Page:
The Criminal Court had denied a petition for a temporary court order to halt the deportation of 19 migrant workers who were arrested in connection to a violent strike at Bodufinolhu, an island under development as a tourist resort in B. Atoll.
The 19 workers were arrested on July 3, a day after disgruntled migrant workers staged a violent strike over months of unpaid wages, during which they destroyed property, held local workers hostage and confronted the police.
They were transferred from the custody of Maldives Police Service to the custody of Maldives Immigration on August 3.
Their legal representatives allege that, in moving the workers to the custody of Maldives Immigration, the government is planning to deport them, and requested the court for a habeas corpus order to halt the process.
The Criminal Court made its decision regarding the petition this Saturday.
The police told the court that the 19 workers were transferred to the custody of Maldives Immigration because they reside in Maldives on invalid visas. Legal representatives for some of the workers contested the assertion, while others did not.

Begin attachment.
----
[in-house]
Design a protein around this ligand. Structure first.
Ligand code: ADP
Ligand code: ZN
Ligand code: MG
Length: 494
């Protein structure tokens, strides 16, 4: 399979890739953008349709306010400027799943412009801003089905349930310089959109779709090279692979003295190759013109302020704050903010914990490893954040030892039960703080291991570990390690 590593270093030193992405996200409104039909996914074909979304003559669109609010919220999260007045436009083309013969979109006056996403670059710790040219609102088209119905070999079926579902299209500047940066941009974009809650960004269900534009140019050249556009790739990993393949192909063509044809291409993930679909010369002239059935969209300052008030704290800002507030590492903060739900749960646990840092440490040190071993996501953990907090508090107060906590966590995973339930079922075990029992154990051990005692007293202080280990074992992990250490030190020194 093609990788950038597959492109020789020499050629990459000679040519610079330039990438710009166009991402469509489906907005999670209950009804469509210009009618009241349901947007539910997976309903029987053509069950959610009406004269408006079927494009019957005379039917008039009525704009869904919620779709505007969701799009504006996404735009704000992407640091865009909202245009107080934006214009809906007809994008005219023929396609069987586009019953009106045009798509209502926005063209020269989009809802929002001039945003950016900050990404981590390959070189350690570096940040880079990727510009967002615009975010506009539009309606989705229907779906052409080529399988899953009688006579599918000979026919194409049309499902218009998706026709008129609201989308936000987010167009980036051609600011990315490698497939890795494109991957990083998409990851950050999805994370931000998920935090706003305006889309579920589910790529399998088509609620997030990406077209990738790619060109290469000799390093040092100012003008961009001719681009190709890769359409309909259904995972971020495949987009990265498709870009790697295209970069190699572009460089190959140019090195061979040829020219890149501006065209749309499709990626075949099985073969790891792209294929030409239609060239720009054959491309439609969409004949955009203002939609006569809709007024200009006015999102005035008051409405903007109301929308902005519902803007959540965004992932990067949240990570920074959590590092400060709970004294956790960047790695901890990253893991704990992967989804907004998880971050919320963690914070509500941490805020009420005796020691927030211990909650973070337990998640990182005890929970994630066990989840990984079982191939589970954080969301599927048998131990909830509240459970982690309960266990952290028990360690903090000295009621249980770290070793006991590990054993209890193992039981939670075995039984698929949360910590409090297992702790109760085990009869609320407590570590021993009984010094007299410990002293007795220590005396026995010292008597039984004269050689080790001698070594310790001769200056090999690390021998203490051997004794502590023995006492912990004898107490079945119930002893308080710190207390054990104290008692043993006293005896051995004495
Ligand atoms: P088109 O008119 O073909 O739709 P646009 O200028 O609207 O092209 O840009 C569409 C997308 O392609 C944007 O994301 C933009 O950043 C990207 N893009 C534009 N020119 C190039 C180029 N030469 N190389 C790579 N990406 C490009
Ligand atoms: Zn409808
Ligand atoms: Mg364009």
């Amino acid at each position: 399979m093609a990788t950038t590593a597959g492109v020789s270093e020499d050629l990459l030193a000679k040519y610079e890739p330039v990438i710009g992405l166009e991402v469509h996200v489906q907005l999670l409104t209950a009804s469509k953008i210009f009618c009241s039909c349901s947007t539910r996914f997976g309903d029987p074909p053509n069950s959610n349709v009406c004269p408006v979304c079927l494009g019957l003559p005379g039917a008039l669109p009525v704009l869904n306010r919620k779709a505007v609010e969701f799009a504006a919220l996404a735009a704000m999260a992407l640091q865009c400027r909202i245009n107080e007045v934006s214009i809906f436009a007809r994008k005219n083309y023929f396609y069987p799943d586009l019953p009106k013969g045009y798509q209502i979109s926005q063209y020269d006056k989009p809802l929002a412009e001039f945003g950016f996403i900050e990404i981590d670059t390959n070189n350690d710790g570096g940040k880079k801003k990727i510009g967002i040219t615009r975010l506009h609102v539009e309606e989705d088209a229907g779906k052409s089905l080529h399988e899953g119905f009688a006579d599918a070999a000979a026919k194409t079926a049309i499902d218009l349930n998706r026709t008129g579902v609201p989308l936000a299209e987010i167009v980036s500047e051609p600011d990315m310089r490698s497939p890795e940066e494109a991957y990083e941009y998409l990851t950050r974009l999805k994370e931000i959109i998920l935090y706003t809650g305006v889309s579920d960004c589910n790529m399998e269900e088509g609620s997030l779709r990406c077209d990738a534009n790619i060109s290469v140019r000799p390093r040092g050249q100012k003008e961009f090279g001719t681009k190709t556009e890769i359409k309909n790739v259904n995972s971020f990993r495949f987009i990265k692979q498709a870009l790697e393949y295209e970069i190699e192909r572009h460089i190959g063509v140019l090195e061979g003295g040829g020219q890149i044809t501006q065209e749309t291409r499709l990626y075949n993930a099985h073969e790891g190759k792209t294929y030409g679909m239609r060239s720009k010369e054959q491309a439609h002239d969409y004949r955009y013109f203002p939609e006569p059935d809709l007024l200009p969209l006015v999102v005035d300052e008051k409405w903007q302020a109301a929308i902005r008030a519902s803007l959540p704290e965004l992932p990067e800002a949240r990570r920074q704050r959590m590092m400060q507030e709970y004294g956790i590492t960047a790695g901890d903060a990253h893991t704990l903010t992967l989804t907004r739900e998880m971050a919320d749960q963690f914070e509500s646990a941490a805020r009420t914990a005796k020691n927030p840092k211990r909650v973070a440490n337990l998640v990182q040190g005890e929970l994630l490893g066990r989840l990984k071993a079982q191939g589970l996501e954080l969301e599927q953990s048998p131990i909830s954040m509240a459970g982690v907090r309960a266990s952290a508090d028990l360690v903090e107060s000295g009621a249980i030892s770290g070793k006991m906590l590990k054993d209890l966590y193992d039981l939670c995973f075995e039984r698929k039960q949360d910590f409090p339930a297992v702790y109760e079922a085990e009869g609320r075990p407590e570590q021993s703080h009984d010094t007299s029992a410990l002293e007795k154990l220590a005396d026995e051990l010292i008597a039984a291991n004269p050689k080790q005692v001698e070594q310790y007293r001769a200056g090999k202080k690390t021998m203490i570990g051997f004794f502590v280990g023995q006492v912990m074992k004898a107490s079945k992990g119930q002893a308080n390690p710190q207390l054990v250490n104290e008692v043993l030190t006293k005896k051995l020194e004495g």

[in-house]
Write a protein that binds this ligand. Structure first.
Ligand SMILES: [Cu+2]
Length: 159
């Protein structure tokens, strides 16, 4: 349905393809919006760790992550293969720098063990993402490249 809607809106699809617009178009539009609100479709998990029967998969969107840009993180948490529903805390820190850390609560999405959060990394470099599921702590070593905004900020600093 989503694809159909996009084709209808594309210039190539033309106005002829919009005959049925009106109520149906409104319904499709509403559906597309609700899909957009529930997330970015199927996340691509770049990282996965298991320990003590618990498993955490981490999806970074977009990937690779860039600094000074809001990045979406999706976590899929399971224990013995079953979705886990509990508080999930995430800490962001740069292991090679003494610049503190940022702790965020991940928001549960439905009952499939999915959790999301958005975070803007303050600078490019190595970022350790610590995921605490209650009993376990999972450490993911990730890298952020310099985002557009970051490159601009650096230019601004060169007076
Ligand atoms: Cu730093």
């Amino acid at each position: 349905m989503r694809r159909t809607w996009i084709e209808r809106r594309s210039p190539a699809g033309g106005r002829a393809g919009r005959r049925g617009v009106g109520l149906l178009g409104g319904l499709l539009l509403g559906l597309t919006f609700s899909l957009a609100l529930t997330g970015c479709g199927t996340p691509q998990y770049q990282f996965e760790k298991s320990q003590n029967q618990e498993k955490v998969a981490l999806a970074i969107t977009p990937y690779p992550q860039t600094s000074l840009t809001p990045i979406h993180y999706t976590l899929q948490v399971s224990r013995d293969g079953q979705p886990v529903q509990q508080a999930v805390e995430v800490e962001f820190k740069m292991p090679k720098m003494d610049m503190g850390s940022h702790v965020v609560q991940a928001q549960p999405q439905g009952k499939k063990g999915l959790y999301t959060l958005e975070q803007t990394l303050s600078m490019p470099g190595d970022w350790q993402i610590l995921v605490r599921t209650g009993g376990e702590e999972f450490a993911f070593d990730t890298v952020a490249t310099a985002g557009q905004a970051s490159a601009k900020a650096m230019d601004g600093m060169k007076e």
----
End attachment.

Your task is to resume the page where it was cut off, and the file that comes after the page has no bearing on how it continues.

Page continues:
Some of the legal representatives who contested the assertion argued that the police cannot declare the workers to be in Maldives on invalid visas given that the regularization program for undocumented workers launched by the Economic Development Ministry last year will remain open until September 20 this year.
However, the court found that the 19 workers were being detained in accordance with the powers vested in Maldives Immigration under the Immigration Act, and the Prisons and Parole Act.
“The court does not find they are being held unlawfully as stated by the party which lodged the case,” ruled the court.
The court said Maldives Immigration has the legal authority to detain undocumented workers until they can be deported.